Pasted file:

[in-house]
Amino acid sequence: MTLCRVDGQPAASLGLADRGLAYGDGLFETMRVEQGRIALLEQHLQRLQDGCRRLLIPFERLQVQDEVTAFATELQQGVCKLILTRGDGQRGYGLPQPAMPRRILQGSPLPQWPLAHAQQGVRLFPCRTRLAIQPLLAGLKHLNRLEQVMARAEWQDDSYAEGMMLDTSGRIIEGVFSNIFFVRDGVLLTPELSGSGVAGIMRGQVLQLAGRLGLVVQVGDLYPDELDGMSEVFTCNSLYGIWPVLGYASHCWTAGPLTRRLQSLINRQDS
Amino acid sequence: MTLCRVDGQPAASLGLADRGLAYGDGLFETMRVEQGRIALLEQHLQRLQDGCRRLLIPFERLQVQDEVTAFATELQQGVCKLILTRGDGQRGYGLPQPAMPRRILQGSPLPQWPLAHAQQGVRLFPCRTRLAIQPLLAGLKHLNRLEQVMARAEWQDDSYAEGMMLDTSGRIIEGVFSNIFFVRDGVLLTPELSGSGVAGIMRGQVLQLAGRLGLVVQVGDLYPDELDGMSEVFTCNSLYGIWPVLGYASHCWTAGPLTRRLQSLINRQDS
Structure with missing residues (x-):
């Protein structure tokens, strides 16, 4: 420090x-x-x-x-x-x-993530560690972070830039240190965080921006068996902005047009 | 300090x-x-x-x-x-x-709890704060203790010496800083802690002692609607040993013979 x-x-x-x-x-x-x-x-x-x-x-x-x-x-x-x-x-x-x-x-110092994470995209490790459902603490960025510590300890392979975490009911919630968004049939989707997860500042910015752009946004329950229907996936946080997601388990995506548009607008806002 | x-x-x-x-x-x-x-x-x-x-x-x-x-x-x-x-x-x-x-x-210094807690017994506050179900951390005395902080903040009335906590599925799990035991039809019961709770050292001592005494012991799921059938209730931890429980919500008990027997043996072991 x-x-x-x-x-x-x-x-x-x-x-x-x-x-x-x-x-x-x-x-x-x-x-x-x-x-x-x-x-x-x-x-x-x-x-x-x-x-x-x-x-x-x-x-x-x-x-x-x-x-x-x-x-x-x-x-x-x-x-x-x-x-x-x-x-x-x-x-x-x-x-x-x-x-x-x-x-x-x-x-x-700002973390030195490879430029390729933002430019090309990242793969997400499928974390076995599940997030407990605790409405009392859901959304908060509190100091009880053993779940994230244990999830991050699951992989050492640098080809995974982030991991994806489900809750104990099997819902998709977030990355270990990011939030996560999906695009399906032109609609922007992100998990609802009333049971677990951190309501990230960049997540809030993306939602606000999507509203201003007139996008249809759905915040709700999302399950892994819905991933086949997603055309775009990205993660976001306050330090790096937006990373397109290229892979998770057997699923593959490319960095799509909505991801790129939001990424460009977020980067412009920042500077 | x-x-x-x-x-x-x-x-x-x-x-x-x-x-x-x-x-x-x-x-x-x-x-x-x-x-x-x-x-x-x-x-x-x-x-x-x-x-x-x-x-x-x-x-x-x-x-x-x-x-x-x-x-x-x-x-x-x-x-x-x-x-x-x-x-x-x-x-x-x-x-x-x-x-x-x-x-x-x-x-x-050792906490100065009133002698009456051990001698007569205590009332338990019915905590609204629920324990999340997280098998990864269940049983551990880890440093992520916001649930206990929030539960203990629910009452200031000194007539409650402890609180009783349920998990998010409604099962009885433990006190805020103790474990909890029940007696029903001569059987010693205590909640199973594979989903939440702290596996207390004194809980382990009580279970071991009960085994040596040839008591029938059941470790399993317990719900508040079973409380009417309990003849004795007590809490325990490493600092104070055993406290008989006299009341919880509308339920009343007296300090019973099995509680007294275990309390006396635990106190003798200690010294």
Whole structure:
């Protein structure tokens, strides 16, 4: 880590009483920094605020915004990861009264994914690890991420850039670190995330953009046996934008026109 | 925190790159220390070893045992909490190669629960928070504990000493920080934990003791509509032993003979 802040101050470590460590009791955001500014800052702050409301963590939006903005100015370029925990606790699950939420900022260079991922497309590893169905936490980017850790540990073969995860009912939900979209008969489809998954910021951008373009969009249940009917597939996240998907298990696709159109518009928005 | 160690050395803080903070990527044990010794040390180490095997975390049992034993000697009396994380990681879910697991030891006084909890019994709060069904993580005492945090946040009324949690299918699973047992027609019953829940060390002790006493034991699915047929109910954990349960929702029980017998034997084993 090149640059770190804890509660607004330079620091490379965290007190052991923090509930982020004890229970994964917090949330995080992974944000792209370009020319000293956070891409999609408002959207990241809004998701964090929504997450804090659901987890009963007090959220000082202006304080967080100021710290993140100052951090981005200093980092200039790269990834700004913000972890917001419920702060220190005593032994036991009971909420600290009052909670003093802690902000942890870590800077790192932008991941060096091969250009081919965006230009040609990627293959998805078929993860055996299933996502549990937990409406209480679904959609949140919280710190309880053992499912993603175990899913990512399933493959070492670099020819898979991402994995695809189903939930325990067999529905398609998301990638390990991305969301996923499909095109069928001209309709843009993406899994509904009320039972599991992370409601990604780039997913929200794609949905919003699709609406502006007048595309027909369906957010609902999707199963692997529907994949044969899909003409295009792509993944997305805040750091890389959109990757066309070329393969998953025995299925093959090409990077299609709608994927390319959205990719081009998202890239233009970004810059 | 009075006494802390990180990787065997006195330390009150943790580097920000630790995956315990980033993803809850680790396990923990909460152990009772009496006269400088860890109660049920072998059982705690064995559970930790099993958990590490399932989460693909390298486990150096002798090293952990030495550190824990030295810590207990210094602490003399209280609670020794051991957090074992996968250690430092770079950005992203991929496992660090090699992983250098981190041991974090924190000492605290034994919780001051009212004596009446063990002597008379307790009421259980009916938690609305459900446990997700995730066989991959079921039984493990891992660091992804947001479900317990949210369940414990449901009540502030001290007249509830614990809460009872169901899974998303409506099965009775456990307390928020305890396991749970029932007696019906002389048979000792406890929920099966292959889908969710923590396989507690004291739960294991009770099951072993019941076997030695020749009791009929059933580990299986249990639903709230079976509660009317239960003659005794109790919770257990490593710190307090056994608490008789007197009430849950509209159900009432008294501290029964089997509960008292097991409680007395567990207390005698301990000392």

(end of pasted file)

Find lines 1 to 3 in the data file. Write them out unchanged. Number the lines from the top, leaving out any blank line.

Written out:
[in-house]
Amino acid sequence: MTLCRVDGQPAASLGLADRGLAYGDGLFETMRVEQGRIALLEQHLQRLQDGCRRLLIPFERLQVQDEVTAFATELQQGVCKLILTRGDGQRGYGLPQPAMPRRILQGSPLPQWPLAHAQQGVRLFPCRTRLAIQPLLAGLKHLNRLEQVMARAEWQDDSYAEGMMLDTSGRIIEGVFSNIFFVRDGVLLTPELSGSGVAGIMRGQVLQLAGRLGLVVQVGDLYPDELDGMSEVFTCNSLYGIWPVLGYASHCWTAGPLTRRLQSLINRQDS
Amino acid sequence: MTLCRVDGQPAASLGLADRGLAYGDGLFETMRVEQGRIALLEQHLQRLQDGCRRLLIPFERLQVQDEVTAFATELQQGVCKLILTRGDGQRGYGLPQPAMPRRILQGSPLPQWPLAHAQQGVRLFPCRTRLAIQPLLAGLKHLNRLEQVMARAEWQDDSYAEGMMLDTSGRIIEGVFSNIFFVRDGVLLTPELSGSGVAGIMRGQVLQLAGRLGLVVQVGDLYPDELDGMSEVFTCNSLYGIWPVLGYASHCWTAGPLTRRLQSLINRQDS